“It has never been more imperative for Missouri to continue to make investments in our cybersecurity infrastructure and equipment. Our team of dedicated cybersecurity professionals has an obligation to protect our state networks and systems…we will continue to deploy and maintain the cutting-edge cybersecurity technology that will help us combat these inevitable attacks.”
– Doug Nelson, Commissioner of the Missouri Office of Administration (Missouri Times, 2015).
In 2014, the St. Louis Business Journal reported that Missouri was fifth in the U.S. for most cybersecurity attacks in the wake of a hack on St. Louis grocery store chain Schnucks, which exposed the credit card information of thousands of customers. But despite the increase in attacks, just a year later in 2015, Government Technology reported that Missouri jumped from a cybersecurity “B” grade in 2012 to an “A” grade in 2014, due to the work of innovative technology leaders in the state. Missouri was proudly named as one of only three states to receive an “A” grade.
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In 2015, Missouri Chief Information Officer Tim Robyn praised Missouri’s team of IT professionals, saying that their wiliness to work together with private-sector partners has boosted the state’s overall security measures. One of Missouri’s most solid strengths in the information security field is their partnership between public sector IT teams and private sector cybersecurity professionals.
Here are some other cybersecurity advances Missouri has made in the past several years:
- In 2014, Missouri’s Chief Information Officer Tim Robyn was named State Executive of the Year by State Scoop.
- In 2015, Governor Jay Nixon announced that the Office of Administration Information Technology Services Division (ITSD) was honored with the “Excellence in Cyber Security Award.” The award is given to the division, which has the best tools and systems to mitigate risks, and concentrates on user awareness and incident response (The Missouri Times, 2015).
- In 2015, the Missouri school system underwent a cybersecurity audit to identify intrusions that went without detection. Intrusions may have compromised student’s health records and other sensitive information (The Kansas City Star, 2015).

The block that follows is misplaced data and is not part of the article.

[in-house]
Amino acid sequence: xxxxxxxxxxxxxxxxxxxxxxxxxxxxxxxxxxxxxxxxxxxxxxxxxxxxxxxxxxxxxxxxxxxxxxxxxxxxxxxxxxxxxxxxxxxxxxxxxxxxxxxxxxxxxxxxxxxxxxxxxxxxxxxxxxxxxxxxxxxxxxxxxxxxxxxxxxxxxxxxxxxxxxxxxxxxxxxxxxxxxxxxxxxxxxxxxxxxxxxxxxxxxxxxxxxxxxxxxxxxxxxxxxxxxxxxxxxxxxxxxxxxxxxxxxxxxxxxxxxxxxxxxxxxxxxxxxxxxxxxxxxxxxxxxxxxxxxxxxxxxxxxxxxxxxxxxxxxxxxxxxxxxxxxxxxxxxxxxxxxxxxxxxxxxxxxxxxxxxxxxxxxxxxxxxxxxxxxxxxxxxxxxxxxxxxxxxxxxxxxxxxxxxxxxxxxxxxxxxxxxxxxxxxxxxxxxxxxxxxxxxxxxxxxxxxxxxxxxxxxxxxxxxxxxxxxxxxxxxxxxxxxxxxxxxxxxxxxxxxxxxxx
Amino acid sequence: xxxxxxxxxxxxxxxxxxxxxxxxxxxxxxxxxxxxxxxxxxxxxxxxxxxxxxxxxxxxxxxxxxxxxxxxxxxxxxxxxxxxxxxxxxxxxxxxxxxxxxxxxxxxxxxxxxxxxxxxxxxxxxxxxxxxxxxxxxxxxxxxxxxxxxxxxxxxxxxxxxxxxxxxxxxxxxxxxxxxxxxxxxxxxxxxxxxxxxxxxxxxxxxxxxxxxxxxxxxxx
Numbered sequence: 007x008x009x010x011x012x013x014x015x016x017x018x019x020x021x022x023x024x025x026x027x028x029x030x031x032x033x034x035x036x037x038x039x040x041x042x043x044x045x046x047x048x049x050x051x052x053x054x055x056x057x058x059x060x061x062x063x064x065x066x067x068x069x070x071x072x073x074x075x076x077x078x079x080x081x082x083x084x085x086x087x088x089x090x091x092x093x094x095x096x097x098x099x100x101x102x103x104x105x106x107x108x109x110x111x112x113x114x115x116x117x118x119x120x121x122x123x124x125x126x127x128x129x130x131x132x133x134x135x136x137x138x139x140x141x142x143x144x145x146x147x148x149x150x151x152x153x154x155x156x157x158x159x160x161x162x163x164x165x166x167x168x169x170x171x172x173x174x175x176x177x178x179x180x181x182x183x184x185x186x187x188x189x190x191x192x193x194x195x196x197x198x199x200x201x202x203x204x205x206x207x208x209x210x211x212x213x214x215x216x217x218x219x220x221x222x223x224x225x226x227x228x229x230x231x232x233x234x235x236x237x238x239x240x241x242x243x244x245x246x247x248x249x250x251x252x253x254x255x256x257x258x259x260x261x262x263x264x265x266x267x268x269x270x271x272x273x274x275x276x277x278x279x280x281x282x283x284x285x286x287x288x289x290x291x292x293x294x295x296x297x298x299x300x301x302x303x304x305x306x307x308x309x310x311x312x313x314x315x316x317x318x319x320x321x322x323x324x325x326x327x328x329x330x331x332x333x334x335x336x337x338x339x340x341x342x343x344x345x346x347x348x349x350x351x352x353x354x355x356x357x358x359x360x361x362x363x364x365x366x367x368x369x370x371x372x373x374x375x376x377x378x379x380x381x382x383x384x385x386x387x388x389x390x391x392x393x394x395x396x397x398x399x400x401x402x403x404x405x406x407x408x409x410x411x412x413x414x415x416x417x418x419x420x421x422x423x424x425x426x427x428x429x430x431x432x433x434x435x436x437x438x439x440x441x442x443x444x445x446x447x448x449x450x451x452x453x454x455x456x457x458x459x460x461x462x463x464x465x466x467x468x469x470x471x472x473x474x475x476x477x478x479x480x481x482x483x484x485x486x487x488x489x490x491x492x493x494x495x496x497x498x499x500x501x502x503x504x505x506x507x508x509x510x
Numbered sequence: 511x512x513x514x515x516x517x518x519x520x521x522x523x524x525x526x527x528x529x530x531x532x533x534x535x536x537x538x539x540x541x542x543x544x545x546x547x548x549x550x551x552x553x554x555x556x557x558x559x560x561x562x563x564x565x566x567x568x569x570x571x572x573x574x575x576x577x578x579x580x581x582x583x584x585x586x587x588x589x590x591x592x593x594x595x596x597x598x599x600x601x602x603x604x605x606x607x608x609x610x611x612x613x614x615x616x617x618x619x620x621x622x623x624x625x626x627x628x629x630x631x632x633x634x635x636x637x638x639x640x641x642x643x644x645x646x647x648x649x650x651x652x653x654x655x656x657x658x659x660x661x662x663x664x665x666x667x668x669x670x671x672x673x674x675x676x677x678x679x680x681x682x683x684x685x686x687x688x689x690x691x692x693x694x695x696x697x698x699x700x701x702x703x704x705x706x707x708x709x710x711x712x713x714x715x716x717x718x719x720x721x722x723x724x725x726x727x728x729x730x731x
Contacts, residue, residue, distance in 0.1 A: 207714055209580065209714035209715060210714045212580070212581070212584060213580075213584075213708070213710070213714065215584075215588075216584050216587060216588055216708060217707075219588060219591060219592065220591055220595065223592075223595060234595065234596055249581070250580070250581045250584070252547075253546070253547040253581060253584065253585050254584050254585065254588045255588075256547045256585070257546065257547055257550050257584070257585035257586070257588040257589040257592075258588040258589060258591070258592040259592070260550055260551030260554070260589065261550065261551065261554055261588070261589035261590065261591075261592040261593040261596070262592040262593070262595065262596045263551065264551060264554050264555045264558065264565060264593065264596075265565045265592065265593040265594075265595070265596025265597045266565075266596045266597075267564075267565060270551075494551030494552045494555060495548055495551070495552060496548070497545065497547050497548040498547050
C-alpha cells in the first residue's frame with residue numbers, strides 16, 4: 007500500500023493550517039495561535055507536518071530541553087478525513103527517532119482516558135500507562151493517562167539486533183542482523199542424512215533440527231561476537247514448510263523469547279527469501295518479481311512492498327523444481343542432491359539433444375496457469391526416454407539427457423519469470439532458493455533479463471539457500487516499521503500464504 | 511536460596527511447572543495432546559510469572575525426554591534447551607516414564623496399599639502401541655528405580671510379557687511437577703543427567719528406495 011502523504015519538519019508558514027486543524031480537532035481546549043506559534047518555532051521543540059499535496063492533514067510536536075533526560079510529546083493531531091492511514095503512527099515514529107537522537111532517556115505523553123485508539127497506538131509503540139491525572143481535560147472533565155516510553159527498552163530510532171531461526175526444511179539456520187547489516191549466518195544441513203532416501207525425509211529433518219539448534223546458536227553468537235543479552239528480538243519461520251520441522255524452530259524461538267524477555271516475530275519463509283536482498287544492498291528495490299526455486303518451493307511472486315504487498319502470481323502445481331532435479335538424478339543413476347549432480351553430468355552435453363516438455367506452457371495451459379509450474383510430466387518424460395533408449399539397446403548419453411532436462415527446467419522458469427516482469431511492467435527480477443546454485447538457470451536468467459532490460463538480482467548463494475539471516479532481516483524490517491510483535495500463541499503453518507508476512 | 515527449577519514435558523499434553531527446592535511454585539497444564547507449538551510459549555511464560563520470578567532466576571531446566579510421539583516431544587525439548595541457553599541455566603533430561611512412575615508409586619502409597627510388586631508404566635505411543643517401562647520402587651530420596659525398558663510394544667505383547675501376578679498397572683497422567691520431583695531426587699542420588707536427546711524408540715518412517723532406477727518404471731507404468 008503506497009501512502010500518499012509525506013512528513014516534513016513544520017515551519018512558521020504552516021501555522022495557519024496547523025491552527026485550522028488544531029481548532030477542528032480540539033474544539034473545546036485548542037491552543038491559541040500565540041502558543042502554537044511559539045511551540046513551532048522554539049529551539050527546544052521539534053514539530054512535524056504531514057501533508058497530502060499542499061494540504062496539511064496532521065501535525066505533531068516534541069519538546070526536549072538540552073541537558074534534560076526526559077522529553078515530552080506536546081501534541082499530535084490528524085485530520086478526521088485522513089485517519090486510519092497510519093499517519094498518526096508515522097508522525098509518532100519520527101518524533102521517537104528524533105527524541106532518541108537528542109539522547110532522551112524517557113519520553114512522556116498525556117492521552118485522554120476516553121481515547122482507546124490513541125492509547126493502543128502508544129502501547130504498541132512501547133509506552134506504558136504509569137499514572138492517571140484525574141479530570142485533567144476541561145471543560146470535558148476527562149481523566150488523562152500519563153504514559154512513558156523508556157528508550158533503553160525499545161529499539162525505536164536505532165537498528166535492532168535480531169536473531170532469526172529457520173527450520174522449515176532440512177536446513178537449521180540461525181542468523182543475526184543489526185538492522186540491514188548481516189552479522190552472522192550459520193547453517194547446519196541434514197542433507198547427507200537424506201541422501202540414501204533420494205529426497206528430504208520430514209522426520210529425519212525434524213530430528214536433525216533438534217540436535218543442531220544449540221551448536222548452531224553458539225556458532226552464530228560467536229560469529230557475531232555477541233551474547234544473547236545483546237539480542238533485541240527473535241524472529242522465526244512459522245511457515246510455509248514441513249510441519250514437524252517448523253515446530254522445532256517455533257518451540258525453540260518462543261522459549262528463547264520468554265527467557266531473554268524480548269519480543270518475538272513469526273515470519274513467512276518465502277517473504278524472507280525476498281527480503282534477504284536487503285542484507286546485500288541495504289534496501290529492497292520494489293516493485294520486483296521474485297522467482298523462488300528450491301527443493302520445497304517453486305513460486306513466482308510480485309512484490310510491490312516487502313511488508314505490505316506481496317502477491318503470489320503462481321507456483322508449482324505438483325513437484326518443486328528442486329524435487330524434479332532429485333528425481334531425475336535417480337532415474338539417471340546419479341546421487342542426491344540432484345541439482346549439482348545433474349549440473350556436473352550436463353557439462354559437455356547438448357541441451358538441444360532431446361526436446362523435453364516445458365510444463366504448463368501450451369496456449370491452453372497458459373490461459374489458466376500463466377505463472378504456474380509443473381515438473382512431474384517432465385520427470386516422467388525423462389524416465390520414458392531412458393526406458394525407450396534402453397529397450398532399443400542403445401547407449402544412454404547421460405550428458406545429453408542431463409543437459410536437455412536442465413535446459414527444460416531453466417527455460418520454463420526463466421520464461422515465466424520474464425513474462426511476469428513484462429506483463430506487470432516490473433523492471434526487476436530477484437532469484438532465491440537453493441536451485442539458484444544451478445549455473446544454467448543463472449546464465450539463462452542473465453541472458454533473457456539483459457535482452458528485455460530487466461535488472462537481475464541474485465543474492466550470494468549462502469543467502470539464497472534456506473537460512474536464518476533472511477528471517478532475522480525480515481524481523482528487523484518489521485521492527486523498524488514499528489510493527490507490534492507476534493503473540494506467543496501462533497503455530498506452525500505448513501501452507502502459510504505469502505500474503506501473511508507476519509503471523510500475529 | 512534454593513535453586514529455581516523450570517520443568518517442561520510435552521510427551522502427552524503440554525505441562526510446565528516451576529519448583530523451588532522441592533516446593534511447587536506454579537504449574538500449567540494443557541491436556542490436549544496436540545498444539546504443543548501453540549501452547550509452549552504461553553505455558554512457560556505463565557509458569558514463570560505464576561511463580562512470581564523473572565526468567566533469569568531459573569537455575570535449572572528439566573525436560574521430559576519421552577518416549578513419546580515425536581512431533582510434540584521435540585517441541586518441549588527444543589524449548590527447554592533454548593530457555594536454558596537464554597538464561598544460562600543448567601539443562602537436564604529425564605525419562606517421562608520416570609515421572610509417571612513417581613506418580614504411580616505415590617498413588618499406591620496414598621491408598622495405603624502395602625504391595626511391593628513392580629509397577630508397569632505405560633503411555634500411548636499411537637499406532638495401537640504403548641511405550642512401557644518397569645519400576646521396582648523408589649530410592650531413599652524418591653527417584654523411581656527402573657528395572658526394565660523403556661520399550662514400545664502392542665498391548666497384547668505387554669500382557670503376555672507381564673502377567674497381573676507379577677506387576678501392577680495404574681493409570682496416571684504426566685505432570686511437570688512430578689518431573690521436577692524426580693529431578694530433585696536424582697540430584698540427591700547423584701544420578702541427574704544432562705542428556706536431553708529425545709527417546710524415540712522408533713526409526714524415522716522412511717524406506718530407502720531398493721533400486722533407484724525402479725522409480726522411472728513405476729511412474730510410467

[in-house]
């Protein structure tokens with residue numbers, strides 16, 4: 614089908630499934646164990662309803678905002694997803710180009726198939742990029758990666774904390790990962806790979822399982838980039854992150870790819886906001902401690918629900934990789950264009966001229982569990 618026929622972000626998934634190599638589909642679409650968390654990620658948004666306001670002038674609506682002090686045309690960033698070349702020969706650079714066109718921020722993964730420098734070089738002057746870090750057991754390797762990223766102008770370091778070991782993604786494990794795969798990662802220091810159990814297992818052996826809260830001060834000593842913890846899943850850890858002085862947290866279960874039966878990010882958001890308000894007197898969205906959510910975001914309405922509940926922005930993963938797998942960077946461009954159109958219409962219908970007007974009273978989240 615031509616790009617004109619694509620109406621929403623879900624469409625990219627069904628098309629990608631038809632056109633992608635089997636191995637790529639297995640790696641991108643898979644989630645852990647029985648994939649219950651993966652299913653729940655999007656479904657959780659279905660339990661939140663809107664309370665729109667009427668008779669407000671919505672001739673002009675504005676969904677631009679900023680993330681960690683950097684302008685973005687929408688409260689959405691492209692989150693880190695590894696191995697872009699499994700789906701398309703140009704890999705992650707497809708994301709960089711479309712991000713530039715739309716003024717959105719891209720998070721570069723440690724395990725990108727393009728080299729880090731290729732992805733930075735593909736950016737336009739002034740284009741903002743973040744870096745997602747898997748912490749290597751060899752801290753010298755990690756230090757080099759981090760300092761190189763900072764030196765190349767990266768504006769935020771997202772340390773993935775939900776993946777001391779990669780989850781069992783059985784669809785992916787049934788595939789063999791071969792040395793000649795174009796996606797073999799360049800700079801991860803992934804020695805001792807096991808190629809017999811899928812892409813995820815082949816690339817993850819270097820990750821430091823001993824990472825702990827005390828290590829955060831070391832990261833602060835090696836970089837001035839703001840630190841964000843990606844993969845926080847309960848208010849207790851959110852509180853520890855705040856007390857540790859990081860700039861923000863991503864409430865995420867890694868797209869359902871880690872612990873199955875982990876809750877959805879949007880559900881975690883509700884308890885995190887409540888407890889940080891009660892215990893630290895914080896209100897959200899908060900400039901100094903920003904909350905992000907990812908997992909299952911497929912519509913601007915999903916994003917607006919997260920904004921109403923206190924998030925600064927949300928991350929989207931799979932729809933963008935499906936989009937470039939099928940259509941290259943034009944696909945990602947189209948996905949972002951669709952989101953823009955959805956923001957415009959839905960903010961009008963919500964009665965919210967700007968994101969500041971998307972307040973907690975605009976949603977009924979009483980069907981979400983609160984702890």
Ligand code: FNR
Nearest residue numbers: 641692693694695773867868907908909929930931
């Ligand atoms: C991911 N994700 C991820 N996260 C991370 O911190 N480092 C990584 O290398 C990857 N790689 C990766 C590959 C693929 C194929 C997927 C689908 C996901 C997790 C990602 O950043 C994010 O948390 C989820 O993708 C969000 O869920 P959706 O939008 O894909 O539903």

- In 2016, Missouri’s ITSD was awarded the “Innovation of the Year” award from State Scoop for their Cybersecurity Portal, a portal which connects state organizations to share threat intel among offices and departments.
Missouri’s future in the cybersecurity field remains promising. In 2016, the state received a $100,000 grant from the DHS, which Governor Jay Nixon said will be used to bolster the state’s cybersecurity resources, hardening critical infrastructure such as the electrical grid (KSMU, 2016). With an increase in funding and a strong partnership between public sector and private sector IT teams, Missouri’s masters-prepared cybersecurity specialists can confidently pursue senior positions in the field.
Earning a Cybersecurity Master’s Degree or Graduate Certificate in Missouri
Graduates of a cybersecurity graduate program will be prepared to architect and defend integral systems, utilize programming languages and manage databases, mine and interpret big data, and provide system assurance and risk assessment.
The National Security Agency and Department of Homeland Security offer designations specific to two classifications of schools that offer graduate programs in information security:
- CAE-CDE – National Center of Academic Excellence in Cyber Defense Education (qualifying colleges and universities offering bachelor’s, master’s, and graduate certificates)
- CAE-R – National Center of Academic Excellence in Cyber Defense Research (schools that participate in research initiatives and that integrate a strong research component into the curriculum of bachelor’s and graduate programs)
As of 2018, Missouri is home to two NSA/DHS designated schools that offers post-bachelor’s options for cybersecurity students.
The NSA and DHS also recognize several universities throughout the country that offer online cybersecurity master’s programs. Online programs are a respected option among employers throughout the country and offer students the ability to complete coursework remotely, on a flexible schedule.
Online and traditional cybersecurity master’s programs are made up of about 30 credits, with 15 credits of core classes and 15 credits of electives. Some cybersecurity professionals seeking post-bachelor’s education opt to pursue a post-bachelor’s certificate in cybersecurity. These programs are about 15 credits long and can be completed in a year. Both online and traditional on-site accredited programs are available.